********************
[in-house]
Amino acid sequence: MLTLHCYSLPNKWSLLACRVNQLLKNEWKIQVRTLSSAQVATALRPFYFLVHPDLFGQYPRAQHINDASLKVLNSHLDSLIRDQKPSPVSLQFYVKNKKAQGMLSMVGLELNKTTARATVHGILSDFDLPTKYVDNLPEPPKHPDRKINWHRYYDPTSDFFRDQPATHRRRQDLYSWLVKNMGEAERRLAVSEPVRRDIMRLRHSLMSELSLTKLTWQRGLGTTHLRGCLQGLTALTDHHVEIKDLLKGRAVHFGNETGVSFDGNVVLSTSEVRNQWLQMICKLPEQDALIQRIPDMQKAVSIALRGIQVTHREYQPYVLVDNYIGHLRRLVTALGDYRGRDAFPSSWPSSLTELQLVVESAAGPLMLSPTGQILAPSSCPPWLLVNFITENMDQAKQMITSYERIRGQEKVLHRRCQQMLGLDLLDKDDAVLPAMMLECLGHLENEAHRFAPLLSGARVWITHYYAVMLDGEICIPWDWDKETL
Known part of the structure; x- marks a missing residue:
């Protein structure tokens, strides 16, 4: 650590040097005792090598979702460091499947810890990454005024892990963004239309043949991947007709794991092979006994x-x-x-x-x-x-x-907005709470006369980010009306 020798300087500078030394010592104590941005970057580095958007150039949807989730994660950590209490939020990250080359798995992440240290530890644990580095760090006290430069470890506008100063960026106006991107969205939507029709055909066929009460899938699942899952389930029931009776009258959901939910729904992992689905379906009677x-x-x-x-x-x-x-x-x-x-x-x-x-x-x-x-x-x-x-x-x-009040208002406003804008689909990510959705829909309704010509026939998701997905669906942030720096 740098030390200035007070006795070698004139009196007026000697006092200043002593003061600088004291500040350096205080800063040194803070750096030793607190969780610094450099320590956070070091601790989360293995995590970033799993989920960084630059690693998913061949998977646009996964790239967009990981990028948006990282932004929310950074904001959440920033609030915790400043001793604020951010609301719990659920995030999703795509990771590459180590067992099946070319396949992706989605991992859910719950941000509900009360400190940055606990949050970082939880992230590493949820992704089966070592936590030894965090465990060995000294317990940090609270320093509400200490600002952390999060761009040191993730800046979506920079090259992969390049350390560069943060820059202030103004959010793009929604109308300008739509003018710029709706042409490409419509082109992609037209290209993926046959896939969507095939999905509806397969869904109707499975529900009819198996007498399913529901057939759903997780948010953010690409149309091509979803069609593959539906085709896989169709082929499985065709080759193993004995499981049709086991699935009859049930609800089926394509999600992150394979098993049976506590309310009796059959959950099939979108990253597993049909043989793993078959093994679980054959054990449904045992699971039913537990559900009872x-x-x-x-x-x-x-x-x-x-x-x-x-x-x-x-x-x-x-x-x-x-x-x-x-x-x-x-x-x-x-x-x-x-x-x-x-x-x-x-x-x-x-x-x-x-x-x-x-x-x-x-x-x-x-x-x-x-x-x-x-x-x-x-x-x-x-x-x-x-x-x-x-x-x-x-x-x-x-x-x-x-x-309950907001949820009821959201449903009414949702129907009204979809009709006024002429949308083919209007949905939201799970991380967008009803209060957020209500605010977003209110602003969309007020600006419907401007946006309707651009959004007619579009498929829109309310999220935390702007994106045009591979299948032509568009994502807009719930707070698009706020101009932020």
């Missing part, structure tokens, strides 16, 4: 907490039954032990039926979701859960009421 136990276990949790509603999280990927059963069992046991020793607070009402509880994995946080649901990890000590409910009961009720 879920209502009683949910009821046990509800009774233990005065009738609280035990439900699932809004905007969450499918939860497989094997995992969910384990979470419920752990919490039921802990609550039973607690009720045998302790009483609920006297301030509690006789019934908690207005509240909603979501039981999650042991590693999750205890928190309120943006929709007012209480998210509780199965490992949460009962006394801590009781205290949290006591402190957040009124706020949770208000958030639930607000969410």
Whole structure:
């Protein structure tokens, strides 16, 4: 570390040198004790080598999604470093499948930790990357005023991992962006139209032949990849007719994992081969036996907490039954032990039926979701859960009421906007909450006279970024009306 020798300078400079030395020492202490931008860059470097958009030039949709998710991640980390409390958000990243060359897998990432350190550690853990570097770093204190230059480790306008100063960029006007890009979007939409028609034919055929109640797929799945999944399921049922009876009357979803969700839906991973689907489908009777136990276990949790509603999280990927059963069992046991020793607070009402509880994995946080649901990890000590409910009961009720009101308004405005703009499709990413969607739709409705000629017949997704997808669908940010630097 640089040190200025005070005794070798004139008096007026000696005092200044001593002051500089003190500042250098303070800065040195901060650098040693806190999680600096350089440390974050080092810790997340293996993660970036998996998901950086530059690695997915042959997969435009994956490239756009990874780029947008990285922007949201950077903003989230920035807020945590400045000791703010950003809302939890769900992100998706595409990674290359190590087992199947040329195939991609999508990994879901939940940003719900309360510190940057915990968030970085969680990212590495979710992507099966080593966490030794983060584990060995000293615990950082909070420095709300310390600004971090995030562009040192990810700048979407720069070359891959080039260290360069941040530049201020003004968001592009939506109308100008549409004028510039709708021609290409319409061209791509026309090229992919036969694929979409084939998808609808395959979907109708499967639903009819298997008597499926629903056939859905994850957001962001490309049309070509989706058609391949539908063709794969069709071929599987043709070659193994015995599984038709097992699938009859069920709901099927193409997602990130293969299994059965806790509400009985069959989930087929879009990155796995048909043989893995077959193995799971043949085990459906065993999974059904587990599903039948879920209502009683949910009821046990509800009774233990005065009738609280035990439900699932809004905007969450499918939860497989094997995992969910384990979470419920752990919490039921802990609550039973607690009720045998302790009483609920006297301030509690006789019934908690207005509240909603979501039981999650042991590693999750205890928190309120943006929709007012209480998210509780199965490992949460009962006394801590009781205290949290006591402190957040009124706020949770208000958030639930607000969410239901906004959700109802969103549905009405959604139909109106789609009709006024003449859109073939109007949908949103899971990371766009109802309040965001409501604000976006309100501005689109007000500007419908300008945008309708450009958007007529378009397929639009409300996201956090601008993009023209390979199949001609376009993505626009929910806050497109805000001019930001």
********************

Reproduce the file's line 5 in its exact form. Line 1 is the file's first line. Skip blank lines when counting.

């Missing part, structure tokens, strides 16, 4: 907490039954032990039926979701859960009421 136990276990949790509603999280990927059963069992046991020793607070009402509880994995946080649901990890000590409910009961009720 879920209502009683949910009821046990509800009774233990005065009738609280035990439900699932809004905007969450499918939860497989094997995992969910384990979470419920752990919490039921802990609550039973607690009720045998302790009483609920006297301030509690006789019934908690207005509240909603979501039981999650042991590693999750205890928190309120943006929709007012209480998210509780199965490992949460009962006394801590009781205290949290006591402190957040009124706020949770208000958030639930607000969410």